Ranking the most influential albums for yourself is a tough call and admittedly relative on an infinite amount of factors. Currently, the live album of tonight's show that I'm listening to right now is tops. Some "type" of Phish album would have to be in the top 3 to keep me in the game for so long, maybe Lawn Boy. Listening to the Thriller tape nightly validated this whole thing. Bruce and Born in the USA introduced me to the greatest live performances on the planet. But if I had to choose, I'd go with the first album that I ever owned. I first heard the J. Giels Freeze Frame album with my sisters at a babysitters house, who happened to also be dating my cousin. It didn't hurt that there was a swear word in "Piss on the Wall", or that "Rage in the Cage" still rocks today, but the hook of "Centerfold"on Freeze Frame introduced me to rock and the power of music.

Beatles White Album, Marley and reggae -it's a tough question. What's your most influential?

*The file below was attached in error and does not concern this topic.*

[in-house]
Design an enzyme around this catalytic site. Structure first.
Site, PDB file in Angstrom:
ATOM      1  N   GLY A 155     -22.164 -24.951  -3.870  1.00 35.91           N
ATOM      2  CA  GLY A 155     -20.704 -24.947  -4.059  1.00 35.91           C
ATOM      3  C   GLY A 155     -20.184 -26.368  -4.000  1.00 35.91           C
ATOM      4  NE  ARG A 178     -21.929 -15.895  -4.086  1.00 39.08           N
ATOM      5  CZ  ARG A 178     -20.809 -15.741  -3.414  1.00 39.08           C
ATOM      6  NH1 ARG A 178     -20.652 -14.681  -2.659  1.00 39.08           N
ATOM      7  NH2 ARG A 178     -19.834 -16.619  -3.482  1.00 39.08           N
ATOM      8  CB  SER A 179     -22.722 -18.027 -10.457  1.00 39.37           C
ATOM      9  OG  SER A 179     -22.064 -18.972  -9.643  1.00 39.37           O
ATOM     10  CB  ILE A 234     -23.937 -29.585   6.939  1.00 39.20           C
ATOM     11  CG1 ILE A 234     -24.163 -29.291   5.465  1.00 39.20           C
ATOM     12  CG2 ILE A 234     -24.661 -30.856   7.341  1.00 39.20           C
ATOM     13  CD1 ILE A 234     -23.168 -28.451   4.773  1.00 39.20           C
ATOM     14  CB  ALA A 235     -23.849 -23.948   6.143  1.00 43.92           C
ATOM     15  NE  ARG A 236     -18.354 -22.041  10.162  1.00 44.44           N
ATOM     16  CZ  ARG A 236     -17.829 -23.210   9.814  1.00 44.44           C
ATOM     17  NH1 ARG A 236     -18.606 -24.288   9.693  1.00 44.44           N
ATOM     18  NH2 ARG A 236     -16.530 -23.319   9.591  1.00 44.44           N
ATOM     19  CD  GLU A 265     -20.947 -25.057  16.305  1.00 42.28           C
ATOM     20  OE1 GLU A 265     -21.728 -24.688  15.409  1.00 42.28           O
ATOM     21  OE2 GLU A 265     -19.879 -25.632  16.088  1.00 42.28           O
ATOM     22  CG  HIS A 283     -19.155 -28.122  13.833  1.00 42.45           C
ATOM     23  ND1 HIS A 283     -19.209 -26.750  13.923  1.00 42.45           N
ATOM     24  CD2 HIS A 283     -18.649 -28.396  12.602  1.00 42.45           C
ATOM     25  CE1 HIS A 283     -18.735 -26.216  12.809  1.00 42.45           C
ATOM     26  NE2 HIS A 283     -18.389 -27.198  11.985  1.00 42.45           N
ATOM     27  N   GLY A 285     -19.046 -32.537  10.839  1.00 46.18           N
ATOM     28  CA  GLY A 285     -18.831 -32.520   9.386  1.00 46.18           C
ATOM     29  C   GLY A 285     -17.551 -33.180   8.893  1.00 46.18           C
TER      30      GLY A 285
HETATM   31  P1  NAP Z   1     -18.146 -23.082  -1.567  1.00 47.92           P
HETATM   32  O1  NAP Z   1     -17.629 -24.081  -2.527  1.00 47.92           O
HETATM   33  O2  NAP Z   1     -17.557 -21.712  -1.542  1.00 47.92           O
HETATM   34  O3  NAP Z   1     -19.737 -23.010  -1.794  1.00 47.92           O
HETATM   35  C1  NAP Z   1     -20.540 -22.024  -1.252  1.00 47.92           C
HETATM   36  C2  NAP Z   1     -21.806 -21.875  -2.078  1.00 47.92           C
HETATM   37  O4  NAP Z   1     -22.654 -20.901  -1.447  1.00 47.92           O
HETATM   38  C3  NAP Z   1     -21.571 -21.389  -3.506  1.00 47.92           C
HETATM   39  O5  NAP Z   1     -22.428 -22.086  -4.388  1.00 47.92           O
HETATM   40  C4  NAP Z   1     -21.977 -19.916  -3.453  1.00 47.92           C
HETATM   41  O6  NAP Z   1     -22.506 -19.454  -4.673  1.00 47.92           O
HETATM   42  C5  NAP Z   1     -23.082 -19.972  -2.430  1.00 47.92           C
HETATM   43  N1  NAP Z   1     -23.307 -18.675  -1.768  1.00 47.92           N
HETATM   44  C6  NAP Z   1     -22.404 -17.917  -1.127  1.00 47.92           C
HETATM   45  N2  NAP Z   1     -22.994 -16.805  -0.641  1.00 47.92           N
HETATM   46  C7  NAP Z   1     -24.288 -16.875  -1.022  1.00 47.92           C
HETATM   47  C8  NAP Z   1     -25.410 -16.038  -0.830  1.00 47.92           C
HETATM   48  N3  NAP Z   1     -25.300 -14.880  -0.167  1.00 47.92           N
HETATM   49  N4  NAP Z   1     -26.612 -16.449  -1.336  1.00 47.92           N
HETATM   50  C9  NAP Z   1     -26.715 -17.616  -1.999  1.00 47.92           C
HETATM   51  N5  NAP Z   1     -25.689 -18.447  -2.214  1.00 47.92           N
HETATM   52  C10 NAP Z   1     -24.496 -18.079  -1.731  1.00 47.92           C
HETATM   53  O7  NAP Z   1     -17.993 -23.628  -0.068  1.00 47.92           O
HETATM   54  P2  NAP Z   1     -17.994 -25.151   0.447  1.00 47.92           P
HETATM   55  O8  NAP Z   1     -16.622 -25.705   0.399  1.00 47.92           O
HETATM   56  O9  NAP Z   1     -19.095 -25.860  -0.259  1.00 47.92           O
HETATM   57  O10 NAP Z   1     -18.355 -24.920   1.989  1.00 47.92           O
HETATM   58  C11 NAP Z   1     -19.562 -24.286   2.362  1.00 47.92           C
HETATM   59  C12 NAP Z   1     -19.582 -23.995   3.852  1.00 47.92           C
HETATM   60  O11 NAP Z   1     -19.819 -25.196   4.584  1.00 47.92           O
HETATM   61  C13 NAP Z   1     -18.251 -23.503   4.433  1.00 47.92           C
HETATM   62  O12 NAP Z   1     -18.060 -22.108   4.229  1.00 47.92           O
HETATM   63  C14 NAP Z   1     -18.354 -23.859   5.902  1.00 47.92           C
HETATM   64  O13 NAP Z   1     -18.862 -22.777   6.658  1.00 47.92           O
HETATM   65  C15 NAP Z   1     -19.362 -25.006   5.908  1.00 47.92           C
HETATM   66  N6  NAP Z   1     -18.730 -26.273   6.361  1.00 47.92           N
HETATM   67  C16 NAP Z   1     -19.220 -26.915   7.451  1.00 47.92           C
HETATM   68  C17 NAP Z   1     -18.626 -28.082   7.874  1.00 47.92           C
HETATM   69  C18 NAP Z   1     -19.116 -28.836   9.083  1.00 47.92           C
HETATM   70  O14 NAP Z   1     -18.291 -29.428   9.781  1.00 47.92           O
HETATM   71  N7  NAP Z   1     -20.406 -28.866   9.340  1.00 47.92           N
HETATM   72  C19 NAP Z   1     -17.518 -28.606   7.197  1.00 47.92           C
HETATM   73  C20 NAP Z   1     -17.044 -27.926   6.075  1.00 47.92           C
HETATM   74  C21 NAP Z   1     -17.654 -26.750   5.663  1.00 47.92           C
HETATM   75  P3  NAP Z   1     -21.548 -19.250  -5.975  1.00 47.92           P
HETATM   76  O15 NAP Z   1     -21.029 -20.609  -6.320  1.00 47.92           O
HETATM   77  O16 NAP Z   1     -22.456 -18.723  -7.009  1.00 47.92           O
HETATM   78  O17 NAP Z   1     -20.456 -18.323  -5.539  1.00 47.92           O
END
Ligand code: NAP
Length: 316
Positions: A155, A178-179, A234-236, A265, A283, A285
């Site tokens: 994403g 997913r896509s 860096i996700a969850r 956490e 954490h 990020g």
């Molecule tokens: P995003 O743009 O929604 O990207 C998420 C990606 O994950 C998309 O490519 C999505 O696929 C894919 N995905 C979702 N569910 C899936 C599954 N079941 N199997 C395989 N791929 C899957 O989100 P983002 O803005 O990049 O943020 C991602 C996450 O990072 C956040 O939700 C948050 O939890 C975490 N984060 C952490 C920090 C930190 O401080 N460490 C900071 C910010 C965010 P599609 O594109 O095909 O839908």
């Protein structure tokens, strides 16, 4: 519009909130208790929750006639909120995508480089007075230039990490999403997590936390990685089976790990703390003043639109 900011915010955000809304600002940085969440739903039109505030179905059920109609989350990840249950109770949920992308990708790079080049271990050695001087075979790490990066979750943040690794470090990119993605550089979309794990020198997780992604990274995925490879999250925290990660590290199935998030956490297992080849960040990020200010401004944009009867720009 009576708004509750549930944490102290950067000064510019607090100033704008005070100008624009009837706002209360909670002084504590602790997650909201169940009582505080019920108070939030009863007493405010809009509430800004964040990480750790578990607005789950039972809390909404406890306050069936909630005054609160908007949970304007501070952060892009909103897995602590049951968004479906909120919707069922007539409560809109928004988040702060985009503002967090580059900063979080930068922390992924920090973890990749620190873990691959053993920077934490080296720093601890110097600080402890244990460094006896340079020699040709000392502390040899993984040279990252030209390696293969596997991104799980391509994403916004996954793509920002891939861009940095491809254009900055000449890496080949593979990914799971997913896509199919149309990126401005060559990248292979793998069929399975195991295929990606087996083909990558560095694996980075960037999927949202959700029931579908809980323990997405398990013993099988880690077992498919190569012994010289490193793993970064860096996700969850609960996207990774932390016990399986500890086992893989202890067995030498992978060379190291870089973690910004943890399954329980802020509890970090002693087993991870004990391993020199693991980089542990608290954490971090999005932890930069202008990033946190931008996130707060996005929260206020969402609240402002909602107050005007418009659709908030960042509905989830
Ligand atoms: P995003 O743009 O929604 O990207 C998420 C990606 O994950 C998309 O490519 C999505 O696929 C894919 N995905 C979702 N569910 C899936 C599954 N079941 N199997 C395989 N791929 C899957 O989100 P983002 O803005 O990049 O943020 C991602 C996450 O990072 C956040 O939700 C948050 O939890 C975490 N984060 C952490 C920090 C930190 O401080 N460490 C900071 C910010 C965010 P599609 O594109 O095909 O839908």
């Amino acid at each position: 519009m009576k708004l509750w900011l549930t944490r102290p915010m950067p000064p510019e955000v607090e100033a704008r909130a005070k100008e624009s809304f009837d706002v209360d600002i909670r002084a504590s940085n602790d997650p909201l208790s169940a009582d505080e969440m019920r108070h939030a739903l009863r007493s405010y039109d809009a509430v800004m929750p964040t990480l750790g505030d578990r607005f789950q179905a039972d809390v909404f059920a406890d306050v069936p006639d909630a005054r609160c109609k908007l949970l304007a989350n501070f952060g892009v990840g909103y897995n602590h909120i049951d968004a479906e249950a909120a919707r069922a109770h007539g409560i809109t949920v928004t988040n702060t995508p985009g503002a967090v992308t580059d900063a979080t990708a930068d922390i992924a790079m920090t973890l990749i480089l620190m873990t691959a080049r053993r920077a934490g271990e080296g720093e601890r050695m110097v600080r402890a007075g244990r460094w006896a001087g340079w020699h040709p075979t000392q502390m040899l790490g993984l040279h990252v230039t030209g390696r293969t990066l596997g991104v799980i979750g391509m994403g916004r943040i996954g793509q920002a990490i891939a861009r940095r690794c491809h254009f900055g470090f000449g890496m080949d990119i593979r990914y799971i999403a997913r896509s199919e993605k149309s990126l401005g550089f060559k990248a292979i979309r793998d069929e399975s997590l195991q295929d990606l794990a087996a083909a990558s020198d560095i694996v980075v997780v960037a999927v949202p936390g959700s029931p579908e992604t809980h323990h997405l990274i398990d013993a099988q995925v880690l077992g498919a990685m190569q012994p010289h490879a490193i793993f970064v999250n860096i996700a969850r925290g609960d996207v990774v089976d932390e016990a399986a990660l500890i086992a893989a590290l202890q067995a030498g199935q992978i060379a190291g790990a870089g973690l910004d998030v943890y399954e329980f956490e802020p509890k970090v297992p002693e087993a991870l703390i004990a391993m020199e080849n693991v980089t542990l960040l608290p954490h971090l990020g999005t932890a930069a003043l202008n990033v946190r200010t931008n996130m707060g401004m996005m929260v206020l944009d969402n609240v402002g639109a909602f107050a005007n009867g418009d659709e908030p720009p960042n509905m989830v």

Finally, we caught Anastasia clapping today and of course encouraged it as much as we could. What's interesting is that it began after Daddy was rocking to the live stream of tonight's show (worthy of another post) during her dinner. 5/27/11 her Freeze Frame maybe?

Saturday, February 26, 2011

Why do we share (social data)?

I know, I know, three posts already this year, I'm getting sick of myself too. I had one of those amazingly geeky SF days a few weeks ago that mostly happen to people you follow on Twitter and not you. Well, not me anyway. It happened a little like this (cue the dream sequence music with Matt Damon as your hero).....